guido2004 — 2012-06-07T03:16:09-04:00 — #1
Just to be sure, I changed mine.
lonking — 2012-06-07T03:49:35-04:00 — #2
Actually it is the first case, back a few months ago, major forums in China also faced the same humiliation. Hackers posted the user names and passwords of the users.
I just don't understand why they did that? Any advantages to them?
yallow — 2012-06-08T09:41:10-04:00 — #3
Sometimes they are looking to make a financial profit, but sometimes the only thing that they are looking to do is cause trouble and nothing more than that. People tend to have strange motives, and some think that doing something like this will gain them notoriety in the black hat community or "prove a point".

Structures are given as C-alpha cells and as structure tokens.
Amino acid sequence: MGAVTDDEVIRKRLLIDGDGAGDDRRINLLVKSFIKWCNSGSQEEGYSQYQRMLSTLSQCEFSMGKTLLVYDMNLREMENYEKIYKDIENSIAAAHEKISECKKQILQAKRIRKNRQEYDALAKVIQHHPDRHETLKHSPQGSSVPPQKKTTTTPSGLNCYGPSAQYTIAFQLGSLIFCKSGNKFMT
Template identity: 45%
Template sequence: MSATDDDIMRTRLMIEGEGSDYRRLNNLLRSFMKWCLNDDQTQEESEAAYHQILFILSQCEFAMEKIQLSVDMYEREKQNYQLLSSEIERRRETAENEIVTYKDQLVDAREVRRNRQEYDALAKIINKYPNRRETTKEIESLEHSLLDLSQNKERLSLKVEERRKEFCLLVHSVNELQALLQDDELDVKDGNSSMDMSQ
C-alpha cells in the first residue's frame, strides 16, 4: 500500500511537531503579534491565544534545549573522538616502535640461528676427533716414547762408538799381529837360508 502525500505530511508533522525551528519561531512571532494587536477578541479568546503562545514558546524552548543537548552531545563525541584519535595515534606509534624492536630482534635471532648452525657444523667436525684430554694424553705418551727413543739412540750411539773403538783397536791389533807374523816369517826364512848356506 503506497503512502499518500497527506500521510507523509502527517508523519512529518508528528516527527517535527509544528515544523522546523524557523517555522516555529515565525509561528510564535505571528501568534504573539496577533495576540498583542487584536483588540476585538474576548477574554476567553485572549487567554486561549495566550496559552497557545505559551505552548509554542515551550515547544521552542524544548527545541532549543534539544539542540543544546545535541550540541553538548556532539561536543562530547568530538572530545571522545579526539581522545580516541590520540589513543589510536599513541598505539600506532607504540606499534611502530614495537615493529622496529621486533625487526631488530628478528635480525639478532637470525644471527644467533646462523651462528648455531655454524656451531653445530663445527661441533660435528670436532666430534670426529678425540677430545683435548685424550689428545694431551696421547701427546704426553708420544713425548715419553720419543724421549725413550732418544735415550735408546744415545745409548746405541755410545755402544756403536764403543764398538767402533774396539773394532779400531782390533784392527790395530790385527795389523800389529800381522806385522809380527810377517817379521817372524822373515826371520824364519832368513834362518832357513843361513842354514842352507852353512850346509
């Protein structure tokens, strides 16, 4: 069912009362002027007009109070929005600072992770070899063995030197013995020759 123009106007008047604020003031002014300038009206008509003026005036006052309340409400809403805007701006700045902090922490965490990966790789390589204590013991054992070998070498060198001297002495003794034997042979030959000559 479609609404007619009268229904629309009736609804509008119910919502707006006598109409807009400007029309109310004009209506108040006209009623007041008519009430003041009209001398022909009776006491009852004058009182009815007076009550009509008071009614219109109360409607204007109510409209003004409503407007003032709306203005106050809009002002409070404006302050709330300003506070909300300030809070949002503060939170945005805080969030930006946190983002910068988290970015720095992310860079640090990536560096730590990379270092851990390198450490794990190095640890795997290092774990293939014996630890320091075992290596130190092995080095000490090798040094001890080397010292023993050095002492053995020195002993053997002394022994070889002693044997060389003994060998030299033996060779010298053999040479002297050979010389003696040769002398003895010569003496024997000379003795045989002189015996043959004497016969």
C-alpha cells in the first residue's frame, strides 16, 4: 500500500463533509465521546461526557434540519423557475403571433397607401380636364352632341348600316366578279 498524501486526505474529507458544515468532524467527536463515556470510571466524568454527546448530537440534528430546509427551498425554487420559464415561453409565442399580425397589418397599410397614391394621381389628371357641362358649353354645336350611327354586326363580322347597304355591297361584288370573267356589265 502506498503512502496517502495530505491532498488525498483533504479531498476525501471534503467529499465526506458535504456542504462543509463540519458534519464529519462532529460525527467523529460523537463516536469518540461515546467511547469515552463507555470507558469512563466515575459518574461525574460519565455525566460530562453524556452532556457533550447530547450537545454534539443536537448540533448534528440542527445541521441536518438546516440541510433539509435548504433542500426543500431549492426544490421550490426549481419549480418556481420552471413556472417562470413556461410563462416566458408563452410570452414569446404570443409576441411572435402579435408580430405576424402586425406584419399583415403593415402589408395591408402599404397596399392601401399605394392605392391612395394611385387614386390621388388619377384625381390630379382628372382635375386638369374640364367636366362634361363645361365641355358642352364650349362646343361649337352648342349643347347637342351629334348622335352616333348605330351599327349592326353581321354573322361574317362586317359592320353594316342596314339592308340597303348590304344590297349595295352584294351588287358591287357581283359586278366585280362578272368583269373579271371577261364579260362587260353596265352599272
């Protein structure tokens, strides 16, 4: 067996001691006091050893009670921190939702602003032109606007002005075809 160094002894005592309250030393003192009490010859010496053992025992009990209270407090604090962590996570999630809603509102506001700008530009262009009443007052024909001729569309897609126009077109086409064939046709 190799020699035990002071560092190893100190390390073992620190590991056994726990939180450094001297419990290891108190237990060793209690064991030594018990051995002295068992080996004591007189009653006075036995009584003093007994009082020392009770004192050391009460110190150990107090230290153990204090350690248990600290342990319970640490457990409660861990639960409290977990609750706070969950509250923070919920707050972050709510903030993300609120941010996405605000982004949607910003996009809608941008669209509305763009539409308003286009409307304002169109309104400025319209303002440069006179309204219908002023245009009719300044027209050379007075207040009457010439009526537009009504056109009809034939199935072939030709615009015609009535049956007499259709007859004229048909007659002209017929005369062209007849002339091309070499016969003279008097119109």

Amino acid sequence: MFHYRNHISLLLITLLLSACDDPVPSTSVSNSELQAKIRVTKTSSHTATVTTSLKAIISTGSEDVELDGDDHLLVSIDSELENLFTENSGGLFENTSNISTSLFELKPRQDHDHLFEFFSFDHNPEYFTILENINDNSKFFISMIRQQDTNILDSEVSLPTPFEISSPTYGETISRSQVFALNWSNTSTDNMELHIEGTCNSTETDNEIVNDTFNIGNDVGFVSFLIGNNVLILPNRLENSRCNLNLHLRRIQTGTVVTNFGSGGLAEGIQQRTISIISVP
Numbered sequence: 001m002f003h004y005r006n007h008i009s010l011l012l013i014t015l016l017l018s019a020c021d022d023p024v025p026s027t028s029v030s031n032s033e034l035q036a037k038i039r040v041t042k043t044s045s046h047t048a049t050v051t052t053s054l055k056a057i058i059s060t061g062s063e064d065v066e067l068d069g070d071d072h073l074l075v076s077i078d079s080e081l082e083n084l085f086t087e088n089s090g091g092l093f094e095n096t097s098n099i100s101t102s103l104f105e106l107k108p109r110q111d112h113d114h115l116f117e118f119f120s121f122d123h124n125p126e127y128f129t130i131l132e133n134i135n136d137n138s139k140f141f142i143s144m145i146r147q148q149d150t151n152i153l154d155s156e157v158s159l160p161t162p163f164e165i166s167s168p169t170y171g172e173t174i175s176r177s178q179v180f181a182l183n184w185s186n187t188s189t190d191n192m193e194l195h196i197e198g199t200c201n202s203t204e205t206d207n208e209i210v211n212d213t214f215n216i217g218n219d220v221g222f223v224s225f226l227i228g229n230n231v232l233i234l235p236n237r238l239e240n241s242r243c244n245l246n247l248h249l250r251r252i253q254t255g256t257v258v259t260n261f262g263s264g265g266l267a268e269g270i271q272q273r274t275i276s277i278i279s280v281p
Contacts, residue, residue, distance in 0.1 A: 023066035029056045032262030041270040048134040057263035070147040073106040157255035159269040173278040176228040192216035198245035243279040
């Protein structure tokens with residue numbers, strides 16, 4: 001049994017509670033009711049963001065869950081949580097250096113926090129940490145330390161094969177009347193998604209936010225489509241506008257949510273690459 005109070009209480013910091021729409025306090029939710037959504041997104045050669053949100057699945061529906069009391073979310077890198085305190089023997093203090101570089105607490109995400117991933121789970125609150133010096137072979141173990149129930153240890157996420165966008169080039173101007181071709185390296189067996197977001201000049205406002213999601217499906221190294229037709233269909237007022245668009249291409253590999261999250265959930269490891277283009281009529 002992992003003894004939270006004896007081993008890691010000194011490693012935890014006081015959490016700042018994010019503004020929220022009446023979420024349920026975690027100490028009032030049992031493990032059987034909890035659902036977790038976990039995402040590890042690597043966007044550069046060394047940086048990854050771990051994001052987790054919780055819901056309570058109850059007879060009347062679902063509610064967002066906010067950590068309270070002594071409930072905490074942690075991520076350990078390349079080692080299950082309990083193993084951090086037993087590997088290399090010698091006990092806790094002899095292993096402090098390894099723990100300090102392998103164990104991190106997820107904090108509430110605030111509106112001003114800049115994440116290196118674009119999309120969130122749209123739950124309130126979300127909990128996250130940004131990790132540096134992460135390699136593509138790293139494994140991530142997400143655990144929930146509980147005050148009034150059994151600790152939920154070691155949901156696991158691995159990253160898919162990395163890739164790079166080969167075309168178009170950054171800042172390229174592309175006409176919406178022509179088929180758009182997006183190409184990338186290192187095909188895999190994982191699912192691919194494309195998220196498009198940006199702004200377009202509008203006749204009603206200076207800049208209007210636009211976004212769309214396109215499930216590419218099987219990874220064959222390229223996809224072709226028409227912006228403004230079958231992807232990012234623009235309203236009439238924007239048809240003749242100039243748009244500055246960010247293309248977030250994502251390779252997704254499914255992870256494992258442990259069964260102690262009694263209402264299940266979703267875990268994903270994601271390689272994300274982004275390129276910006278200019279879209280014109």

mikl — 2012-06-12T12:36:54-04:00 — #4
I suspect it's just to boast to the world that they know how to do it. As Yallow says, people have strange motives.
system — 2012-06-13T07:14:55-04:00 — #5
Can anyone tell how to check whether my password was leaked or not??
guido2004 — 2012-06-13T07:58:14-04:00 — #6
Even if LinkedIn told me my password hadn't been taken, I still would've changed it, just to be sure.
ishanjain — 2012-06-14T04:58:10-04:00 — #7
Even when i have changed it, it still shows the message "please change your password"
andybekker — 2012-06-24T18:54:15-04:00 — #8
I've seen the variants of passes.. That's so funny. People are not creative at all..
system — 2014-10-07T22:35:12-04:00 — #9
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